My daughter Chloe is starting out in college in the fall, and with her newfound independence will come the newfound responsibilities of dealing with money.
Like many young people, she hates thinking about finances.
I was one of them. I always dreaded budgeting and paying bills and thinking about savings and retirement, and figured I could always deal with it later.
Problem with that is you end up screwing yourself if you put things off until later. Living for the moment is great, until the finances catch up with you and the moment starts to suck because you owe a ton of debt.
I’ve found that living mindfully means not just partying in the moment, but taking care of things now, when they’re small, rather than when they’re huge.
So with that in mind, I have a few lessons I’d like to emphasize for Chloe, and for anyone else starting out in college.
Six simple budgeting lessons
1. Spend less than you earn. OK, this is almost the only lesson you need, but it’s so important I’m going to break it down further. The biggest reason people get into financial problems is they spend money they don’t really have. Then you end up in the hole, and it’s hard to get out of the hole, and you work crazy hours to keep up with your spending, and you end up with a life that’s about nothing but trying to pay for all the spending on crap you don’t really need.
So spend less, work less, worry less, be happier.
1a. Don’t get into debt. If you spend less than you earn, you won’t be in debt, obviously. It’s easy, though, to get a student credit card and put things on there if you don’t have the money right now. You can pay for it next week when you get your check, right? That’s a slippery slope. Student loans are another tool for getting over your head in debt. They’re not the worst debt if you’re paying for a degree that’s going to earn a lot of money, but most of us English majors aren’t going to get an $80K per year job and shouldn’t take out $80K in student loans.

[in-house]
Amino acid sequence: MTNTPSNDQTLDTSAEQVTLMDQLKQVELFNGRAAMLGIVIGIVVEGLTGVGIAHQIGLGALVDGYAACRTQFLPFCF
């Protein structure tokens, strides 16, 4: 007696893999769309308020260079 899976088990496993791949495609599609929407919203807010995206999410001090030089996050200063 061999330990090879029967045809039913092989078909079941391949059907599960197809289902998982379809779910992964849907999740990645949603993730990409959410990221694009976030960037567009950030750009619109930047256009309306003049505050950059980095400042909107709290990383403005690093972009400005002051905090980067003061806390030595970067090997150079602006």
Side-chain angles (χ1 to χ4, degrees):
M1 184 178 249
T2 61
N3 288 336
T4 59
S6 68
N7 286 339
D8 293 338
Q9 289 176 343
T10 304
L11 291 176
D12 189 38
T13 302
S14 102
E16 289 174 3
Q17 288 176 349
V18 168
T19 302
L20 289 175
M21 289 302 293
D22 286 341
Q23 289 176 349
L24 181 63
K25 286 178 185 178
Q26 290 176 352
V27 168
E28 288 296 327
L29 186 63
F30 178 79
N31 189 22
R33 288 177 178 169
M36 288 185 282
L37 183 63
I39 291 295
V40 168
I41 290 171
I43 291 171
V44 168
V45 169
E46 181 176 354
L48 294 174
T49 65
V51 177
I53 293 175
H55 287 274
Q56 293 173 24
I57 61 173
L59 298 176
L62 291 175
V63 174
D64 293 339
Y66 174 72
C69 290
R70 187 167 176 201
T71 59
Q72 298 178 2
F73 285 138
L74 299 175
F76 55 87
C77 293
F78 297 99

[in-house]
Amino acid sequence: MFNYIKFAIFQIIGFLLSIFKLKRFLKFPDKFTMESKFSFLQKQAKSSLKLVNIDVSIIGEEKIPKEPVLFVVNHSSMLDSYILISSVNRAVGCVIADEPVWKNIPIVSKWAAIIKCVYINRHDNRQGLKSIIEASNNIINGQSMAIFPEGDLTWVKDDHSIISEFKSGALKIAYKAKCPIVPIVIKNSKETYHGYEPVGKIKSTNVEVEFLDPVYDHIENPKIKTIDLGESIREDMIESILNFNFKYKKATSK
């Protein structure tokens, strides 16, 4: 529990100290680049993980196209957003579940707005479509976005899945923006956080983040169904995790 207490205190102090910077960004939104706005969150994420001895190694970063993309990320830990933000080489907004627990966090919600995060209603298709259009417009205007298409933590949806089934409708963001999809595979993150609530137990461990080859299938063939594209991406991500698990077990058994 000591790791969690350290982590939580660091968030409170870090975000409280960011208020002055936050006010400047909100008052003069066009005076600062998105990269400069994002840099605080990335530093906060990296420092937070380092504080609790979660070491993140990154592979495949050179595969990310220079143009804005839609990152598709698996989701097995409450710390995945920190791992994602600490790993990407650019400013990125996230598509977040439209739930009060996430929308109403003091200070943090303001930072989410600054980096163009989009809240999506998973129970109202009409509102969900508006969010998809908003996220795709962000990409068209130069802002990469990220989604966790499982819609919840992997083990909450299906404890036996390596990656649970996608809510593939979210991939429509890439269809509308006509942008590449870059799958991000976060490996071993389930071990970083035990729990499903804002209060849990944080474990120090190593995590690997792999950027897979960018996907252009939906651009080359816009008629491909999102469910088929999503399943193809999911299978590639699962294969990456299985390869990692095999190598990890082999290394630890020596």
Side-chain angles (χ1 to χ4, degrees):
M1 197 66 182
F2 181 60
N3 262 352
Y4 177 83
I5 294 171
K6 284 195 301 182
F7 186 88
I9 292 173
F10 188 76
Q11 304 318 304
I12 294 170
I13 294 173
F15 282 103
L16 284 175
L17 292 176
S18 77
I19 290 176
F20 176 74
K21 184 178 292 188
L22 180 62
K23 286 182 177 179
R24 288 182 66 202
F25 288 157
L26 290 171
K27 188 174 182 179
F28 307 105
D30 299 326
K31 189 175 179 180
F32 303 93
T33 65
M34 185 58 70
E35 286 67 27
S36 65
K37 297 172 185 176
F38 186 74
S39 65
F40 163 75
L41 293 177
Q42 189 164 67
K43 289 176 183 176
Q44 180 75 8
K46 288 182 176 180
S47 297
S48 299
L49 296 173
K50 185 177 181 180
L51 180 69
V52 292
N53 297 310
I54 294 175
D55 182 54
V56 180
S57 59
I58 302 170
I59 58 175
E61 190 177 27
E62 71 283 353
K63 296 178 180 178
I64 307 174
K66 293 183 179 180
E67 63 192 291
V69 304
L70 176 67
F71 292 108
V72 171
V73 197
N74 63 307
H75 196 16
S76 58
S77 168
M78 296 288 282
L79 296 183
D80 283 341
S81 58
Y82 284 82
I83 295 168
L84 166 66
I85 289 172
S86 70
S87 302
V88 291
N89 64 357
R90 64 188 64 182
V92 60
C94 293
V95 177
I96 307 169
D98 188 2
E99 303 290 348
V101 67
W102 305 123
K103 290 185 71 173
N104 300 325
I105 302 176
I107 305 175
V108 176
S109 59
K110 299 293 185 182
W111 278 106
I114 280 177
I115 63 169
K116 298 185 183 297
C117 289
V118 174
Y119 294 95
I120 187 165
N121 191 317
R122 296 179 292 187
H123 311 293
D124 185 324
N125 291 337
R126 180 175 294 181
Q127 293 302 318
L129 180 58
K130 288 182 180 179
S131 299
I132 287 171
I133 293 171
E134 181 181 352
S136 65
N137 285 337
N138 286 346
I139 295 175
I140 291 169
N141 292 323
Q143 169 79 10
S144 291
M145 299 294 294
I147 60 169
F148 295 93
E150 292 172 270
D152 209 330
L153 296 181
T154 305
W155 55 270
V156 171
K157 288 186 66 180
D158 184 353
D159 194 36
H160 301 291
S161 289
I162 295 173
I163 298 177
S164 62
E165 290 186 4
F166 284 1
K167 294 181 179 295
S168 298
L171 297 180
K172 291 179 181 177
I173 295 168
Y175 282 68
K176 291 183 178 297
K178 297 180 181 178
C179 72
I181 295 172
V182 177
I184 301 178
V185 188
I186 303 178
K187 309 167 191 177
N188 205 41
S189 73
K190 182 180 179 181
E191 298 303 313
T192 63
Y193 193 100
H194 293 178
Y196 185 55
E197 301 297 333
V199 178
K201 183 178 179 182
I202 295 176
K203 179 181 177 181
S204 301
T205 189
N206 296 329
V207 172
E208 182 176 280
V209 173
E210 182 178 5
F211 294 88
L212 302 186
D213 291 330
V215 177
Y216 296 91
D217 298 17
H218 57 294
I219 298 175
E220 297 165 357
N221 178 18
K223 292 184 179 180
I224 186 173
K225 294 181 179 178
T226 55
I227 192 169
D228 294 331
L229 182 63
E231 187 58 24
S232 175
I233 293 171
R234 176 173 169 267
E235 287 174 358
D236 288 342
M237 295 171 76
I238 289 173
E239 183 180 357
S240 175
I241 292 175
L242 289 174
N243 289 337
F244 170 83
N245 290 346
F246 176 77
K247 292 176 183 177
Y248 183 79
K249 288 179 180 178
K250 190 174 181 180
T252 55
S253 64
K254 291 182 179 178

1b. Savings is your first bill to pay. If you spend less than you earn, save the rest. Make the savings an automatic payment that happens every payday, and make it the first and most important bill you pay. Not optional. You’ll be glad as the savings grows, and especially when emergencies come up.
1c. If you don’t have the money, go without. This is a lesson most people (young or old) forget. You don’t actually need a car, so if you can’t afford to pay cash, don’t get a loan. You don’t need nice clothes, or a smart phone, or a fancy laptop or iPad or Kindle, you don’t need to go to nice restaurants or the movies or bars. If you don’t have the money, find free ways to have fun or get things done you need to get done.
2. Make a very very simple budget. It’s a scary thing for people who’ve never done a budget, but it’s not hard. List your income, then list your bills (and savings). If the bills add up to more than the income, eliminate some bills. Use a simple spreadsheet to do the adding for you. This helps you to know what’s coming in and going out. I like the envelope system for making sure I don’t spend to much on variable expenses.
3. Pay bills right away. If you have the money, pay the bill as soon as it comes in. You can usually do this online, but if not, it’s just a matter of writing a check, putting it in an envelope, and writing out an address — two minutes. Do this two-minute action immediately, so you don’t have to worry about it later. If you let the bill-paying get pushed back, it becomes a dreaded thing, and your bills start to become overdue, and then it’s much worse.
That’s all you need to know. If you save when you’re in college, avoid debt (except perhaps a modest student loan), and pay bills on time, you’re golden.